Rosie’s response to these challenges is relatable–but so is her recovery. And that’s what makes this book inspiring. It shows girls that they can bounce back from naysaying and failure, and that they should focus on connecting with the people who will help them do so. Ignore the person who’s mocking you, stick with the one who picks up the tools and helps.

In other words, this is a story that doesn’t just encourage girls to think of themselves as potential engineers, but also as persistent, strong overcomers. So it’s valuable for girls like my daughter, who might be interested in STEM careers, as well as for girls who simply need to hear, “You can do it!” And in fact, those are both messages I want my daughter to hear.

Under the Egg

Under the Egg

by Laura Marx Fitzgerald

Dial, 2014

247 pages

I love literary serendipity.

A couple of years ago, while my husband was out of town one week, I watched a documentary called The Rape of Europa. It was my first encounter with the story of the Monuments, Fine Arts, and Archives (MFAA) military section, and I was riveted. Later, wanting to learn more, I read Robert M. Edsel’s very long but also very interesting book on the topic.

Last summer’s mediocre–and not entirely historically accurate–George Clooney movie somewhat popularized the story, but here are the basics, in case you haven’t heard.

The MFAA consisted of British and American arts experts (both men and women) who embedded with Allied troops in Europe during World War II. The group’s initial mandate was to identify and protect significant cultural sites from being destroyed by war operations and combat. Over time, the mandate expanded to include the identification, recovery, and return of millions of artworks the Nazis had looted from exiled or murdered Jewish families, museums, and churches. My favorite part of the story concerned Rose Valland, a Paris museum volunteer who risked her life to hide and rescue tends of thousands of artworks from the Nazis.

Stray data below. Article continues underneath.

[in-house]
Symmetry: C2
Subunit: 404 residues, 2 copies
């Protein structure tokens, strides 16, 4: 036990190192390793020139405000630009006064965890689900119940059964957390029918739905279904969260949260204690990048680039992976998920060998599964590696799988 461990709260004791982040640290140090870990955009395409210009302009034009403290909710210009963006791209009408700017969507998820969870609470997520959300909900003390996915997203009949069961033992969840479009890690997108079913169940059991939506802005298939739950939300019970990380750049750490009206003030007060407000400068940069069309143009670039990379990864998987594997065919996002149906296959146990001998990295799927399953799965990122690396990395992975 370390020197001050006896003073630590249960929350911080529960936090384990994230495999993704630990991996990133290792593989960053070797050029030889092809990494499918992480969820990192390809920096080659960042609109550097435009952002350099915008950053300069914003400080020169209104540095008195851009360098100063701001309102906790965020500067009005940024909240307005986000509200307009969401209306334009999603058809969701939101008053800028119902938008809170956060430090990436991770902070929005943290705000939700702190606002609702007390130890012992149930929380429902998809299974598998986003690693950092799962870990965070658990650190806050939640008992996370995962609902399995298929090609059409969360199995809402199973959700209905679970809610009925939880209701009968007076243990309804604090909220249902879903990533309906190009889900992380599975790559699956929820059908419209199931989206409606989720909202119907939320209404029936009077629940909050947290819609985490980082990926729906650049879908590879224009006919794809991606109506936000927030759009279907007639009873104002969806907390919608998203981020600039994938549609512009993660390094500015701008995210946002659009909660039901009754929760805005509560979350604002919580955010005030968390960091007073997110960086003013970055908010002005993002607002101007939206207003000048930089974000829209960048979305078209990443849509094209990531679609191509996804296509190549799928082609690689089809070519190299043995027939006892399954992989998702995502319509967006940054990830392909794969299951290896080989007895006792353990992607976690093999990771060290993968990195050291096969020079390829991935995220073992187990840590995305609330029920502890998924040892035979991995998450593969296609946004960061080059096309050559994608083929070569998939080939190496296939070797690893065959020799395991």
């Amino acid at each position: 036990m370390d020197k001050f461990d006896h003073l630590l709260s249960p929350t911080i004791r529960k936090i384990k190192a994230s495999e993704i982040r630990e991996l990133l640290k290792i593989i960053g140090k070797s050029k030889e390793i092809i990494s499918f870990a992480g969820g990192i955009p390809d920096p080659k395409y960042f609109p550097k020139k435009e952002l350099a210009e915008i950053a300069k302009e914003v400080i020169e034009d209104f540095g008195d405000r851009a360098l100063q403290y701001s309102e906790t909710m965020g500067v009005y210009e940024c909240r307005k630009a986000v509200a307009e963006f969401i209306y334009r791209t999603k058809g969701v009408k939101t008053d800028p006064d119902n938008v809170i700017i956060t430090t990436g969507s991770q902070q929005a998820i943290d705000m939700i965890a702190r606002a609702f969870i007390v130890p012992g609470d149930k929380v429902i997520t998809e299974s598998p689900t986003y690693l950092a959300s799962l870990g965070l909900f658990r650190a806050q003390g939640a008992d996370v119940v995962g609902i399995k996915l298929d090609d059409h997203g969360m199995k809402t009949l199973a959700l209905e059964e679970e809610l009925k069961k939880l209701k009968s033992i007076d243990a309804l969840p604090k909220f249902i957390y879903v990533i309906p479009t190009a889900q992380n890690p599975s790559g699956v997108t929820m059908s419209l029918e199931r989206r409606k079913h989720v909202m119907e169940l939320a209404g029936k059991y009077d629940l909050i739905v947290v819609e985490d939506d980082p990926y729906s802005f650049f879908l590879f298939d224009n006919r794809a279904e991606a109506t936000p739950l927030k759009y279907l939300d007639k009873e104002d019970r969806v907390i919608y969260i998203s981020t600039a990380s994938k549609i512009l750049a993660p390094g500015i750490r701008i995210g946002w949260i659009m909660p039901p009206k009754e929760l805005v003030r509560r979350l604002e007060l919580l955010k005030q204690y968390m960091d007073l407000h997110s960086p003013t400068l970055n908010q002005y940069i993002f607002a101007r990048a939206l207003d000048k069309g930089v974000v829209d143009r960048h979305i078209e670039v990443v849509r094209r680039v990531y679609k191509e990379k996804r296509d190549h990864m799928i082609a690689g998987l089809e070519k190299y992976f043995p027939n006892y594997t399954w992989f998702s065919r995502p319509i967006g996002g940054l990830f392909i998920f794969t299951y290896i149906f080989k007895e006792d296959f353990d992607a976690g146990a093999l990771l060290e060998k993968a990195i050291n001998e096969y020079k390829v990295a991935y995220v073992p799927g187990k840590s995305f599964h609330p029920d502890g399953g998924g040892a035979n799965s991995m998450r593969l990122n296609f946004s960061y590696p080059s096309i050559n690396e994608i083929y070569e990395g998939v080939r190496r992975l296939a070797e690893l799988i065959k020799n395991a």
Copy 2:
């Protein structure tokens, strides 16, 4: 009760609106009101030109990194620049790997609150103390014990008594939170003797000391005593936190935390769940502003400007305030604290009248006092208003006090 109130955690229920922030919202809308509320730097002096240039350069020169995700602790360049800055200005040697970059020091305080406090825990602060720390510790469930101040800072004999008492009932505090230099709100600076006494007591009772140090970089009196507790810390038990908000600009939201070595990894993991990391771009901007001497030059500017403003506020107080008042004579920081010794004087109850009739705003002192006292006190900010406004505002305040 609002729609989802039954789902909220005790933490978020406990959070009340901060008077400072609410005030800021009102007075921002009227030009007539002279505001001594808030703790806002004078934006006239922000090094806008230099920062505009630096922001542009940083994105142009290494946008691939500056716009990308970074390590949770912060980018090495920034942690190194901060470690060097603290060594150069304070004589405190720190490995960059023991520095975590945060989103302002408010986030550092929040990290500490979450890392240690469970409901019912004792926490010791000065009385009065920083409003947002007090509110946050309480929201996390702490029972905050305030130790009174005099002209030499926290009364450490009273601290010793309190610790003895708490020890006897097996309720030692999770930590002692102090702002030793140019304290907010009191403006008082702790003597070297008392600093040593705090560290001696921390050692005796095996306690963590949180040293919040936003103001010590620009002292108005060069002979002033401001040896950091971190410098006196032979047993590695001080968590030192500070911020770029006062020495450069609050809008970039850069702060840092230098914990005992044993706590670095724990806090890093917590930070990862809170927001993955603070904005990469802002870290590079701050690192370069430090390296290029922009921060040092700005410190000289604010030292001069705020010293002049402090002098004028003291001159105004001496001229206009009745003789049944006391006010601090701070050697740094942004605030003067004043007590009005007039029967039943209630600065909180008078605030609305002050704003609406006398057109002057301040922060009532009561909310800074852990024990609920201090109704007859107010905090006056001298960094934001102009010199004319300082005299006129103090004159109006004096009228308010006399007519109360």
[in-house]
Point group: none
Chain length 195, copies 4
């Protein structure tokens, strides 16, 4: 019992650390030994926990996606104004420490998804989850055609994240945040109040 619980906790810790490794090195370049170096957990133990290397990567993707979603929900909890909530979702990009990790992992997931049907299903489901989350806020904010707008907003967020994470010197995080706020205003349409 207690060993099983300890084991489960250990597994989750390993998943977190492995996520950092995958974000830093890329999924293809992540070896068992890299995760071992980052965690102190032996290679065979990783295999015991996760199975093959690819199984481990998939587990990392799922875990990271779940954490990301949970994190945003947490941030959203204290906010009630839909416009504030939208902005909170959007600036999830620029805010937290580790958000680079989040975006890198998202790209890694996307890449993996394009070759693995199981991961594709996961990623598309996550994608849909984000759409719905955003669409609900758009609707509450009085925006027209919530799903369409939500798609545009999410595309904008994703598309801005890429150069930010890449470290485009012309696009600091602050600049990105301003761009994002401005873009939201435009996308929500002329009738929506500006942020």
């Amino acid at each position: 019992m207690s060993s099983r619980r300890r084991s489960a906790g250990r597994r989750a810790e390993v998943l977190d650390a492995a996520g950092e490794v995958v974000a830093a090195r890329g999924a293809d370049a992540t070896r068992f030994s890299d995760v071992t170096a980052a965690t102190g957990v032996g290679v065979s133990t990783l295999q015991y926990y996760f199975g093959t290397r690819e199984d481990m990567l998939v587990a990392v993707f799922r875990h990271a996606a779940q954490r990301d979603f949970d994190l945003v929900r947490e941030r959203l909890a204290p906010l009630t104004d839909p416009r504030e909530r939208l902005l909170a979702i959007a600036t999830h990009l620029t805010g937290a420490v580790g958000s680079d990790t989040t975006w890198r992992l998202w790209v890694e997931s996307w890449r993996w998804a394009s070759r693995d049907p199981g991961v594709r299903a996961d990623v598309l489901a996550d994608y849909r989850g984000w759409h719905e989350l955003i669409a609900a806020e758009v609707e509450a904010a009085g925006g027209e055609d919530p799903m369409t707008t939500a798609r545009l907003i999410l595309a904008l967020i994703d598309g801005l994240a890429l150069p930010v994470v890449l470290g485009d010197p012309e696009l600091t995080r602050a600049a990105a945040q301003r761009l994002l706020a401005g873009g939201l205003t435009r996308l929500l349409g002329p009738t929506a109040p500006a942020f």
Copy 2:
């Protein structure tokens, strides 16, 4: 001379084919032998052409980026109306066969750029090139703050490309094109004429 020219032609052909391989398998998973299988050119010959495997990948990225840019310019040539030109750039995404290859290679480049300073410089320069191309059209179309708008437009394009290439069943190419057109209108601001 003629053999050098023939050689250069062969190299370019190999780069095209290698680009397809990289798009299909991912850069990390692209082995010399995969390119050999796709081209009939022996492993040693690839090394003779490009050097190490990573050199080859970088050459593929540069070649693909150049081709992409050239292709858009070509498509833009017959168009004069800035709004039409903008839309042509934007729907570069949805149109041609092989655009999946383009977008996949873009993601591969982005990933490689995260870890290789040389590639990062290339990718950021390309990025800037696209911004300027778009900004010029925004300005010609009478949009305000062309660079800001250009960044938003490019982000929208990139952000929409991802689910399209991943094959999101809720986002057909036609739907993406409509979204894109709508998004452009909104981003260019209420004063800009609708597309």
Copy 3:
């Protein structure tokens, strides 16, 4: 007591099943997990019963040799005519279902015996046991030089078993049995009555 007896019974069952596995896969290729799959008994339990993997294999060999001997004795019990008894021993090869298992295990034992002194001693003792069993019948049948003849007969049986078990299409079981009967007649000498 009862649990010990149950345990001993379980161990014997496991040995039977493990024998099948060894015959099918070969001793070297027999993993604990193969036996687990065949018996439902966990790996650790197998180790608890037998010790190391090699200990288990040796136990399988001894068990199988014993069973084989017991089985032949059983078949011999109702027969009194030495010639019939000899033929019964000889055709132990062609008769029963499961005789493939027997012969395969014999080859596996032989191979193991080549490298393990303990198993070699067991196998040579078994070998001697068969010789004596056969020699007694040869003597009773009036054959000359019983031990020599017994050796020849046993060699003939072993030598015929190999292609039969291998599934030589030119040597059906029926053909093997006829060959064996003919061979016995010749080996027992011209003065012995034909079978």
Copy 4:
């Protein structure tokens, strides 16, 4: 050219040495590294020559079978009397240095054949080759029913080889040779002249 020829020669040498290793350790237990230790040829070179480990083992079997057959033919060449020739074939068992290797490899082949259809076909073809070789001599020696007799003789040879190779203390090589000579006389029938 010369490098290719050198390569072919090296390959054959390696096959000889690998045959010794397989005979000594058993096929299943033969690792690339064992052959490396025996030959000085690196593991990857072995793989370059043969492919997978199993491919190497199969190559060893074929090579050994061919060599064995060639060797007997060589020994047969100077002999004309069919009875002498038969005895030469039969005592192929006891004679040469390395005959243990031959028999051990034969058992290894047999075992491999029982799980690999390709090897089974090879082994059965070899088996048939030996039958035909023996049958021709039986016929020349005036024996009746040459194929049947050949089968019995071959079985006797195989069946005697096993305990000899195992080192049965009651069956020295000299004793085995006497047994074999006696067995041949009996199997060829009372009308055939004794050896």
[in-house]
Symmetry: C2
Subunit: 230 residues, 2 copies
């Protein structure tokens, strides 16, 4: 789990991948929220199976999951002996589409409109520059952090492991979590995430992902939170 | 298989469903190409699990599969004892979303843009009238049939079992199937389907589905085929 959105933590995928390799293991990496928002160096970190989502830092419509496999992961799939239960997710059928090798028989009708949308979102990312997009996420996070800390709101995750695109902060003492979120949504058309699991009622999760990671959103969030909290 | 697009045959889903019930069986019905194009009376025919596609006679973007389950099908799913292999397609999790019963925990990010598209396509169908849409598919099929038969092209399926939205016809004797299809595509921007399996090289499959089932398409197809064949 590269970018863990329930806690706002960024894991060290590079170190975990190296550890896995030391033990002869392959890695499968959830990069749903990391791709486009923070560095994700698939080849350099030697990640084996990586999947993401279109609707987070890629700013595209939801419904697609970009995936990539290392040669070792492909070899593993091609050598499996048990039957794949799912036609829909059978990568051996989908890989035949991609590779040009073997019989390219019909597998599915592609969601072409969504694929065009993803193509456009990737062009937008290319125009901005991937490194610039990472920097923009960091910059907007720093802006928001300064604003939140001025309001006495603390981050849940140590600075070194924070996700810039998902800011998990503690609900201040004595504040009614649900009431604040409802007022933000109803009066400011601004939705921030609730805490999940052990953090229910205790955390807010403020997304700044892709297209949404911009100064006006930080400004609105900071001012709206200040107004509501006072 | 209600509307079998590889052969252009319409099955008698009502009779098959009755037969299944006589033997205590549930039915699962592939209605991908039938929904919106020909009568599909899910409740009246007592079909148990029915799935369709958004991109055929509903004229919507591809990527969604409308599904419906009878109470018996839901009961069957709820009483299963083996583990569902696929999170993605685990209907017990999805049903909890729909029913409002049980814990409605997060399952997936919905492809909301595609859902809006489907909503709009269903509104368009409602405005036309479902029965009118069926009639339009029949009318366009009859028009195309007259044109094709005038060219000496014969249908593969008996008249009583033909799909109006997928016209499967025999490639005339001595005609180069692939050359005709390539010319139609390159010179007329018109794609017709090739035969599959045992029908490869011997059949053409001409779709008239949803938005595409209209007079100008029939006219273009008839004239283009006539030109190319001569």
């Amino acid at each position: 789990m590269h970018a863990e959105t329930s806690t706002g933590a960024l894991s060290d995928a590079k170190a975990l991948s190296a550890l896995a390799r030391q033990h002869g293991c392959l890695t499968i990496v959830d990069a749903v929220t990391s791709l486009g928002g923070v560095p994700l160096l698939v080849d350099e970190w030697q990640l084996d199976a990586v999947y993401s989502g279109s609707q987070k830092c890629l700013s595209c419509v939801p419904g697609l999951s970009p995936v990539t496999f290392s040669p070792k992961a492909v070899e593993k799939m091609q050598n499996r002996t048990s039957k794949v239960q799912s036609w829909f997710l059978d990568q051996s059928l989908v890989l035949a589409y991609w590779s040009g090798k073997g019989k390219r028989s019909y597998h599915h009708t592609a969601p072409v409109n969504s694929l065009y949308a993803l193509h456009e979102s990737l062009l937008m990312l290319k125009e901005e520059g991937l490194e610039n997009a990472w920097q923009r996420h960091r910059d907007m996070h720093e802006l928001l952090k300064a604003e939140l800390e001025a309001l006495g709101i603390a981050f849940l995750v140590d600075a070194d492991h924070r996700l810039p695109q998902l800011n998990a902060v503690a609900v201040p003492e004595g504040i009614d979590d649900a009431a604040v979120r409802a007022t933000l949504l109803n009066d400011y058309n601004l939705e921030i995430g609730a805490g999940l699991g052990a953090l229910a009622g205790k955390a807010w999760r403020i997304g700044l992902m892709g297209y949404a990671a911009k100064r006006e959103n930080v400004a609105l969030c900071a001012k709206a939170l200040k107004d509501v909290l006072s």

I finished reading Edsel’s book in July. Three months later, I picked up Laura Marx Fitzgerald’s Under the Egg–and serendipity happened.

I chose Under the Egg after reading that it was a brainy mystery with a strong female lead. The book satisfied on both those counts, but (even better) it also turned out to be historical fiction about the MFAA.

In Under the Egg, 13-year-old Theodora Tenpenny must figure out how to support herself and her mentally ill mother when her grandfather dies unexpectedly, leaving behind only $463 and instructions to look “under the egg.”

Theodora eventually connects these cryptic last words with a large painting of an egg that sits over the mantel in her grandfather’s art studio. After accidentally spilling rubbing alcohol on the painting, Theodora discovers that it hides an Old Masters-style Madonna and Child.

She suspects that this hidden painting is a lost Raphael and sets out to determine why and how it came to be in her grandfather’s possession. In the process, she discovers that, like the painting, her grandfather was not what he seemed.

He had not, as he told her, sat out World War II because of poor health. Instead, he had served at D-Day, suffered in a German POW camp, and then served in the MFAA. And Theodora is only able to solve the mystery of the painting (and what her grandfather’s last words really meant) once she solves the mystery of what happened to her grandfather during his stay in the POW camp and his term as a Monuments Man.

I’ll be honest: this book is a little more uneven than those I usually review here. I was a bit bothered by some of the liberties Fitzgerald took with MFAA history. Characterization fell flat in some places, and the plot took a few deus-ex-machina-style turns, particularly at the end.